HILLSIDE, NJ — Kelly Ronca, a second-grade teacher, doesn’t want to leave the school district over contract negotiations, but she also doesn’t want to work three other jobs to pay her mortgage and other bills.
“I don’t want to leave Hillside,” Ronca said at an April 19 meeting. “I love the families. I love my students. I feel like I’ve had so many — multiple children of yours — that I’ve become part of the Hillside family. So I certainly don’t want to leave this district, but I also don’t want to work four jobs because I’m so tired.”
Ronca, who lives on her own and has been working in the district for 14 years, was one of dozens of teachers who implored the nine-member school board to start negotiations with the Hillside Education Association for a contract. Teachers have been working without a contract since July.
At issue are the rising costs of healthcare premiums and a lack of contract negotiations since last year with school officials. A three-year pay freeze that began around 2010 also had a domino-effect on teachers’ salaries.
The HEA represents 375 teachers, security officers, custodians and secretaries in the district. The union is calling for salary increases and a reduction in employee contributions to health insurance.
The union staged rallies before and after school since about April 16, and rallied again in front of the local board of education before its April 19 meeting.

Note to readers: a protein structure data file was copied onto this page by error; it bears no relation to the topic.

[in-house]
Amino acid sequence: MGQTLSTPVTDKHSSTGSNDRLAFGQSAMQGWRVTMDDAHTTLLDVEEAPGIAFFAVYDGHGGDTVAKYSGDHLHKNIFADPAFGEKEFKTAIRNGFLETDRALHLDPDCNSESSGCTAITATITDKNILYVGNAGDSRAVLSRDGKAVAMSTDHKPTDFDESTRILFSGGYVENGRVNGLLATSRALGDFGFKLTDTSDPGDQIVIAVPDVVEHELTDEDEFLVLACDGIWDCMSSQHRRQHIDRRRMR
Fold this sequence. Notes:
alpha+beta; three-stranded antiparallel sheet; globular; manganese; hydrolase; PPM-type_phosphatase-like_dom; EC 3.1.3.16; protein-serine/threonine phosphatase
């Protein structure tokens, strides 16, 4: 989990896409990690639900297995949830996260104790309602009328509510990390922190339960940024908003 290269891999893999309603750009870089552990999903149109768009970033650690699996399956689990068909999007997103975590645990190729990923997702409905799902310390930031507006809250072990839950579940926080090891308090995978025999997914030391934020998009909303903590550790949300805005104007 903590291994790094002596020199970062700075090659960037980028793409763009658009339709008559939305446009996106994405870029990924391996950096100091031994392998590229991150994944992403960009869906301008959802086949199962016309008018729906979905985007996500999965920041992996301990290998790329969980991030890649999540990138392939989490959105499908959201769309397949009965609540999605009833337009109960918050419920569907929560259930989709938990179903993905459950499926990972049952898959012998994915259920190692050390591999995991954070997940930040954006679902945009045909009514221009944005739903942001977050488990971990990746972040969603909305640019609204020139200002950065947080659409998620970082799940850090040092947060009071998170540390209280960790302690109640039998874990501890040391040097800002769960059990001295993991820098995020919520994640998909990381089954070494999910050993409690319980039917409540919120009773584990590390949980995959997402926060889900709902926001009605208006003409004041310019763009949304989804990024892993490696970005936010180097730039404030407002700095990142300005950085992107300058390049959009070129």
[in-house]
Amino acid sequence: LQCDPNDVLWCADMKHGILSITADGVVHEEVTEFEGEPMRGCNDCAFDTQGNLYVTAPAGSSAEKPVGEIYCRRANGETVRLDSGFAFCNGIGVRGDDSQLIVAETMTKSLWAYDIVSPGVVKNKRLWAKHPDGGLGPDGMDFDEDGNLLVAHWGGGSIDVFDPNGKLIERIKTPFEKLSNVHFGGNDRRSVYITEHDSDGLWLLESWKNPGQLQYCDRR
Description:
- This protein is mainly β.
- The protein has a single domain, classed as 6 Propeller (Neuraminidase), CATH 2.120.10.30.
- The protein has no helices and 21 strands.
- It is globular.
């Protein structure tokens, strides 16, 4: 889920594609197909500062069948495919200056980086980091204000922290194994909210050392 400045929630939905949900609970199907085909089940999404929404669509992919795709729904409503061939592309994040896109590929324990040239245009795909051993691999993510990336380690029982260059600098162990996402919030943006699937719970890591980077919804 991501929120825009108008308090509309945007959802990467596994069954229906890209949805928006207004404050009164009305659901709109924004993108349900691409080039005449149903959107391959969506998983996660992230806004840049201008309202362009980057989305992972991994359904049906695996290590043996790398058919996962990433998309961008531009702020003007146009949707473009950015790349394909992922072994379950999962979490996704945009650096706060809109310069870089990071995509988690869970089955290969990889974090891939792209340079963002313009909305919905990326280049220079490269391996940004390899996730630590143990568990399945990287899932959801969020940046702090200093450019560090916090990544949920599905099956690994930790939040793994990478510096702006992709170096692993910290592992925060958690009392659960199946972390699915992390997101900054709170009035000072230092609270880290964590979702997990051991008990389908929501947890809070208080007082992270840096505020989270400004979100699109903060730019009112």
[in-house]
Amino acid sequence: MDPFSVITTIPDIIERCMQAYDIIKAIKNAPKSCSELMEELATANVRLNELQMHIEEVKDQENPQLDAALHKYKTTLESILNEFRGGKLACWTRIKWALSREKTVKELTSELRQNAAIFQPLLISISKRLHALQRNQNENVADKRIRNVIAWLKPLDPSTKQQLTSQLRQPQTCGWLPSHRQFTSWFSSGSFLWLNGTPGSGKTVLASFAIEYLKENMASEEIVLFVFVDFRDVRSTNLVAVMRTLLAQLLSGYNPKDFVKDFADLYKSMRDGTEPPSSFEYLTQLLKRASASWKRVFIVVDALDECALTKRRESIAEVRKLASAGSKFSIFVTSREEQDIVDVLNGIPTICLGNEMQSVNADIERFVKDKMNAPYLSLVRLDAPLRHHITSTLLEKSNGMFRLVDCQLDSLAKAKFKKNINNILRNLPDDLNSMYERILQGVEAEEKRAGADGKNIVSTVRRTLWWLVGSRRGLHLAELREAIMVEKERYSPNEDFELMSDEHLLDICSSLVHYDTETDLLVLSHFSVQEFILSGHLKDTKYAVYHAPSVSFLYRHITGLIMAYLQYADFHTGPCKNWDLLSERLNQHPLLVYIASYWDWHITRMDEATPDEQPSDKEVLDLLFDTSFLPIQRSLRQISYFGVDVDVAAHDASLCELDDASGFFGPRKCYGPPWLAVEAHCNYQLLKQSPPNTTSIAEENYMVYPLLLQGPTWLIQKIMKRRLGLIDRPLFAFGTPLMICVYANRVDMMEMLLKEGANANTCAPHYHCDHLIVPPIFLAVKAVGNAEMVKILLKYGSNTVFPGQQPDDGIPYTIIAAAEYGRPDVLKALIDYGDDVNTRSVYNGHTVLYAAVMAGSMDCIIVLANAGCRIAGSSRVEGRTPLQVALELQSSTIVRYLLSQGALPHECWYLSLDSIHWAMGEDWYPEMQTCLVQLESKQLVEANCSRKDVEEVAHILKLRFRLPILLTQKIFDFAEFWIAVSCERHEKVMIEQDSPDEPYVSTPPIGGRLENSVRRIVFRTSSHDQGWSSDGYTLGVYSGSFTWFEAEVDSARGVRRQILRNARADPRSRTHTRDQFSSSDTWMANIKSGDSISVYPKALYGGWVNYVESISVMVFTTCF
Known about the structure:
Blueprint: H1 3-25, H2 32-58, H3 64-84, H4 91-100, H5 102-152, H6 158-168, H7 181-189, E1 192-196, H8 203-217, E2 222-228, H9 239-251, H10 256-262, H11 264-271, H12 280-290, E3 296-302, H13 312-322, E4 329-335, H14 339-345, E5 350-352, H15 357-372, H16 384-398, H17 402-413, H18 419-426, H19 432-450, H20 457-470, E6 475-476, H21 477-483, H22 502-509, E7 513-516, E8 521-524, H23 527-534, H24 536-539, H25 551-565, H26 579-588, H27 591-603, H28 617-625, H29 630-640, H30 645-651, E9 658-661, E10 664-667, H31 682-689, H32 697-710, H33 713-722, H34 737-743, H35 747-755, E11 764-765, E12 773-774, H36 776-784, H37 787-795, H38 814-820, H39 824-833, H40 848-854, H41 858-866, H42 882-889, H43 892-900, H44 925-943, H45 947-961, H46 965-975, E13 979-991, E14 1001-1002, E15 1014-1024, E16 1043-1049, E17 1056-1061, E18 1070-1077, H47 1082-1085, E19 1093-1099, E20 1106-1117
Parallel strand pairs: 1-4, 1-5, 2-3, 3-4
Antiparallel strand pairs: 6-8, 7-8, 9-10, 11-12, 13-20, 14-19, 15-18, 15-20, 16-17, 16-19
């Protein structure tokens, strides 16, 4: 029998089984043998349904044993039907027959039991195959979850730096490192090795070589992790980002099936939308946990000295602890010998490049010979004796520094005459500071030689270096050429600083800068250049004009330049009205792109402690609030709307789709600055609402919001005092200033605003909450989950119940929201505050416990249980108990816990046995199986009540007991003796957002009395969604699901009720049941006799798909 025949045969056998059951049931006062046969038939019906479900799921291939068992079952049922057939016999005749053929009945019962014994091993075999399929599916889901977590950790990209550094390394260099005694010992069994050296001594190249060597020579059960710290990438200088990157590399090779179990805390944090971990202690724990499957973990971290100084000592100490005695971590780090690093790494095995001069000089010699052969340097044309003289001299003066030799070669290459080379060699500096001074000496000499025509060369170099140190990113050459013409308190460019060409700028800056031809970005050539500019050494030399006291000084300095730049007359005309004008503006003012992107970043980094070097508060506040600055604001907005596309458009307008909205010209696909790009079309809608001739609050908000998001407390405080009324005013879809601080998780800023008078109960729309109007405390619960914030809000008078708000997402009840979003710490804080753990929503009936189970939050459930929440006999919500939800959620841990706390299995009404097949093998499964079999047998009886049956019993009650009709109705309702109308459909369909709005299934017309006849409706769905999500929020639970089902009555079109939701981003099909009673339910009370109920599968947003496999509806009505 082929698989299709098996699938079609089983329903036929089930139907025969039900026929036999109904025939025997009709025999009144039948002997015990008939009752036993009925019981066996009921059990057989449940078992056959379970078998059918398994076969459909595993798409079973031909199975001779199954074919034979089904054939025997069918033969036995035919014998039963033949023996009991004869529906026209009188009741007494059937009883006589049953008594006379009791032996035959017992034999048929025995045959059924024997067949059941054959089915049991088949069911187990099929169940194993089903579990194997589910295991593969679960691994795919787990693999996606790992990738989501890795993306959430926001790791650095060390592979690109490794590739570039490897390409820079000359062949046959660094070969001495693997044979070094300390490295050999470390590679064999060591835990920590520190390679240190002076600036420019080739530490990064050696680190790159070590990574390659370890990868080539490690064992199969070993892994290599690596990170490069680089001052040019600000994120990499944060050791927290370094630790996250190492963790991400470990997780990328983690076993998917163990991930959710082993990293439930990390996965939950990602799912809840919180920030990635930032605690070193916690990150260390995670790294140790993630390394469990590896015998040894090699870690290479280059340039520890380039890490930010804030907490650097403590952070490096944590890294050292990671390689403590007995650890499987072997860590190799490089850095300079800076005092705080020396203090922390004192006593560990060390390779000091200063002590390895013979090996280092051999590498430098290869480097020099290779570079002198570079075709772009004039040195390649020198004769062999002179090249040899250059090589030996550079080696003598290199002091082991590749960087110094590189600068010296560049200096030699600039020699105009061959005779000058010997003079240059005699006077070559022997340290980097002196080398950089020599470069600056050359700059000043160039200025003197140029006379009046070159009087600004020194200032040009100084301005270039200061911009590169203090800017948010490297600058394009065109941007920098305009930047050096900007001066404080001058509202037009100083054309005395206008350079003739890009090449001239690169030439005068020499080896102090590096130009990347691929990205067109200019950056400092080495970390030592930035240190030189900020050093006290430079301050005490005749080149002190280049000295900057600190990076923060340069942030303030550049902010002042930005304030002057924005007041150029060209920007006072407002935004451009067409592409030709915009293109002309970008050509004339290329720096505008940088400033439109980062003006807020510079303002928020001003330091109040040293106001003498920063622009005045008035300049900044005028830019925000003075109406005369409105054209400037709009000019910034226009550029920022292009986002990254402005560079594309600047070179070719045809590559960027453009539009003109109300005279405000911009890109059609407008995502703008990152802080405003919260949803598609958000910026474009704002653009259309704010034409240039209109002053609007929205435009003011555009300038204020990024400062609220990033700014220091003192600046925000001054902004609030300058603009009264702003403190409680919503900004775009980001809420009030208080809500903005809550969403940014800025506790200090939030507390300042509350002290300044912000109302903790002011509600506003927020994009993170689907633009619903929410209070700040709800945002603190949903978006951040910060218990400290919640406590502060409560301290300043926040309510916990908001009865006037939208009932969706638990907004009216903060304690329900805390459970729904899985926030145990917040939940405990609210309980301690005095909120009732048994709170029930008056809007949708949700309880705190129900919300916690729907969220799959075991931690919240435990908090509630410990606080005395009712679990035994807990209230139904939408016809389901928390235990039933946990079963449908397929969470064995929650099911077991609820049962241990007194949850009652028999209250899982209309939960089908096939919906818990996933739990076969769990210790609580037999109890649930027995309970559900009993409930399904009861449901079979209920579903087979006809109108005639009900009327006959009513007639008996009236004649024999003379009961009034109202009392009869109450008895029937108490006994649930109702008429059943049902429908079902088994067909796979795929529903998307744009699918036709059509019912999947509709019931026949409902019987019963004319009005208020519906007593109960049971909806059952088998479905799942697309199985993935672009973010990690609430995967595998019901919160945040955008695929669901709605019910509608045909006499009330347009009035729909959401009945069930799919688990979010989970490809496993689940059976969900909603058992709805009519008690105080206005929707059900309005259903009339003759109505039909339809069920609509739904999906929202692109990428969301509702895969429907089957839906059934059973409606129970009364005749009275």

Teachers and parents were not deterred from remaining for the entire meeting that lasted until about 10:30 p.m. to speak during the public comments portion. The school board did not address the contract issue during the meeting though.
Superintendent Antoine Gayles told LocalSource school officials planned to “propose some dates” on either April 23 or 24 to begin negotiations.
“Please be advised that the HEA and board have agreed to not publicly discuss negotiations at this time,” Gayles said in an April 24 email to LocalSource. “I can say that we are working diligently to reach a settlement.”
School board President Hawaiian Thompson-Epps referred all questions regarding contract negotiation to Gayles.
HEA President Angela Lawler said district officials told her they were waiting for more stability in the school board, which has five new members this year. Last year, two former school board members ran for township council, while the former school board president ran for mayor.
Teachers are calling for “relief” from “Chapter 78”, a 2011 state law that required faculty to pay larger portions of health care premiums that would rise over a four-year period.
The median annual salary of a teacher in Hillside was $60,688 for 2015-2016, the latest year data was available from the state Department of Education.
One teacher’s rally sign showed that in 2006, she grossed a $40,000 annual salary and brought home about about $29,000, or 73 percent, after health premium payments. After earning a master’s degree she now has a gross annual salary of $63,318, but only takes home $37,000, or about 58 percent, due to rising premiums.
Meanwhile, the pay freeze teachers experienced was related to the 2010 tax levy cap law. The amount a municipality or school board could increase taxes was limited to 2 percent, with some exceptions.
No strike has been planned for the district yet, said Lawler, the HEA president.
“That’s not something that we do lightly,” Lawler said at the rally before the April 19 school board meeting.